Moreover, the party's new leader carries neither scars nor baggage from that fearful period when Labour seemed to many to have condemned itself to oblivion. He was not even in the House of Commons when the great battle for the soul of the party reached its most bitter stages in the late Seventies and early Eighties. Popular support for the breakaway Social Democratic Party had already peaked long before Mr Blair was elected MP for Sedgefield in 1983. Ideologically, as well as in terms of age, Labour's torch has indeed passed to a new generation.
But this is not only a defining moment for Labour. It is a redefining moment for the Liberal Democrats. As the unofficial LDP journal, the Reformer, comments this month, 'it (Mr Blair's election) most obviously buries the Liberal Democrat vision of replacing Labour'. Shrewdly, the publication warns that what it describes as Paddy Ashdown's attempt to create 'artificial philosophical differences (between the two parties) will do us nothing but harm'.
What may well be happening is that the rough-and-ready self-correcting mechanism that Britain's unreformed political system contains, is completing its work. For the best part of a decade, this country had an embryonic three-party system, thanks to Labour's divisions, its perceived extremism and unelectability.
It was the role of the Alliance, and later the Liberal Democrats, to provide a refuge for those who would not continue to vote Labour but could not bring themselves to support the Conservatives. The ominous message the Liberal Democrats were sending to Labour - evolve or face the threat of extinction - did much to encourage the latter to reform itself. If Labour's modernisers have indeed succeeded, then Mr Ashdown and his reshuffled colleagues may have to come to terms with the fact that the Liberal Democrats' historic task has been completed and that they are once again members of a marginal party - albeit a worthy one that could still hold the balance of power after the next general election.
Mr Blair's achievement so far is, then, impressive. He appeals to his party and he resonates positively with much of the electorate. In addition, according to an Opinion Leader Research poll for this paper (published on Tuesday), Mr Blair has a substantial lead over John Major and all other political figures among senior industrialists, civil servants, media figures and similar opinion formers.
This domination Mr Blair has achieved in part because of his mood music - he has an impressive and attractive personality and style - and in part because of the policy signals he has been sending out. It is admirable to hear a politican say that tax loopholes aiding the very rich should be plugged - not because the sums involved are large (they are not) - but because he finds the existence of such loopholes morally distasteful. It is refreshingly unorthodox for a leading Labour MP to argue that large expenditure on the welfare state is more likely to be a sign of a failed economy than of an active collective social conscience. And it is radical (at least in this country) to suggest that unelected hereditary peers should lose their right to vote in the Upper House.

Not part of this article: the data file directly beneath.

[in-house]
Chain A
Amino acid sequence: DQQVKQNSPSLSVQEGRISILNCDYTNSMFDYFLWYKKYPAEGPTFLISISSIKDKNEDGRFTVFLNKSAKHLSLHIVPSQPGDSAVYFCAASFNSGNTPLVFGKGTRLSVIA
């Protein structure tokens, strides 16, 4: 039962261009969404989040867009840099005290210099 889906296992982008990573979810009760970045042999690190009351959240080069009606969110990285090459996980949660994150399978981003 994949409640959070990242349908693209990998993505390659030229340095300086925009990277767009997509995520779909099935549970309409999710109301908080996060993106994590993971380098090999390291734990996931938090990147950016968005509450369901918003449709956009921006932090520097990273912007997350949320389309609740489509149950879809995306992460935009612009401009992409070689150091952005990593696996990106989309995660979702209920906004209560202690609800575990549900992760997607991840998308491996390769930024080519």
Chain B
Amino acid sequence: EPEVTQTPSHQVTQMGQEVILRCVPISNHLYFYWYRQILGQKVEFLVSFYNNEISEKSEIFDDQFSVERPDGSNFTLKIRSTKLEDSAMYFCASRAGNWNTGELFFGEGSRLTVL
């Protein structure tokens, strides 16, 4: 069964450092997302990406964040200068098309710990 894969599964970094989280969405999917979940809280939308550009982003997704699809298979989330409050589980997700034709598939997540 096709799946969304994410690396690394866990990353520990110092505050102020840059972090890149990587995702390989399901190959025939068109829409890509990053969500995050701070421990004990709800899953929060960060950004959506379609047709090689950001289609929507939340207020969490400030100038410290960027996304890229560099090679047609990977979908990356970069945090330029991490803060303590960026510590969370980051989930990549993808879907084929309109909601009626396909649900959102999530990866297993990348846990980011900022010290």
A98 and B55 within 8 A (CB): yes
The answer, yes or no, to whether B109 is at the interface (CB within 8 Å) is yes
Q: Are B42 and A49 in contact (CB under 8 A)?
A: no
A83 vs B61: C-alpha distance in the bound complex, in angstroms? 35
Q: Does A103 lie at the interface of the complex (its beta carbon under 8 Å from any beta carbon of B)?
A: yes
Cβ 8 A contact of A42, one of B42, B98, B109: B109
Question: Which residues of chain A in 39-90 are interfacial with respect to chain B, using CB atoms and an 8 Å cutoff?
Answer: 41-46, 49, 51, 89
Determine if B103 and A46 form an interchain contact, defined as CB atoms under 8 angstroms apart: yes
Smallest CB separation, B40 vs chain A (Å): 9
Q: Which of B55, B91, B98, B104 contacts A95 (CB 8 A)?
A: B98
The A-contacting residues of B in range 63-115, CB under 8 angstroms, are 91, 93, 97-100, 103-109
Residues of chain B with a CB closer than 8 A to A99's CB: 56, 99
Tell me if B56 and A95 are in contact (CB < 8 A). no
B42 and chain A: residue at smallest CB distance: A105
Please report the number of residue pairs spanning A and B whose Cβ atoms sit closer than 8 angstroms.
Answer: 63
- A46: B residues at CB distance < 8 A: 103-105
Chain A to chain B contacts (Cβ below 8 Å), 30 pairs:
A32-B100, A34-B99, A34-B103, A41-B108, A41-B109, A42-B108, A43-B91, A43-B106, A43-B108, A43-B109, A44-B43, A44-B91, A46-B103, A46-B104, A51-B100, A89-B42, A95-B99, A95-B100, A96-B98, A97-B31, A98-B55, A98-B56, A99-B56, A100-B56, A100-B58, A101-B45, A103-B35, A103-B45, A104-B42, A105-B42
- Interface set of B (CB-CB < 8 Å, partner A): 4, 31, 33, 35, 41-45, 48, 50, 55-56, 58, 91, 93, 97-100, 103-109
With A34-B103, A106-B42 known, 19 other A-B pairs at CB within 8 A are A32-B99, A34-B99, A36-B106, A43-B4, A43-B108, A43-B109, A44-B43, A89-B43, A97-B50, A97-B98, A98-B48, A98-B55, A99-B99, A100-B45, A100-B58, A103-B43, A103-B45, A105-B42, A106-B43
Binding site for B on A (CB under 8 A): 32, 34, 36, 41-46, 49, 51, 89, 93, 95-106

But all this does not add up to a coherent programme, or even a Big Idea. This autumn, Mr Blair intends to deliver a series of speeches outlining his policies, much as Harold Wilson did in the months before the general election of 1964 - which Labour won after spending 13 years in the wilderness. A great deal will depend on the success of this enterprise.
Many older voters still remember (albeit with a sense of incredulity) the excitement which the young Mr Wilson generated as he barnstormed his way across the country, projecting his party as a modern, managerial organisation, dedicated to bringing the white heat of technology to Britain's backward industries. It was the last occasion on which Labour seized the intellectual and ethical initiative and broke out of its historic ghetto to appeal to the young, the educated and the ambitious, to Middle England as well as to blue-collar workers.
If Mr Blair is to translate today's success into a Labour victory at the next general election - and the election of John Prescott as his deputy must further enhance the party's prospects - he will have to campaign as hard and as convincingly as Harold Wilson did three decades ago. He, too, must find a programme that appeals to the ambitious, the idealistic, and to those driven by a visceral distaste for the current tired and sleaze-stained political agenda.
And then, of course - as Prime Minister Wilson discovered in Downing Street - the going will begin to get really tough for Labour's new leader.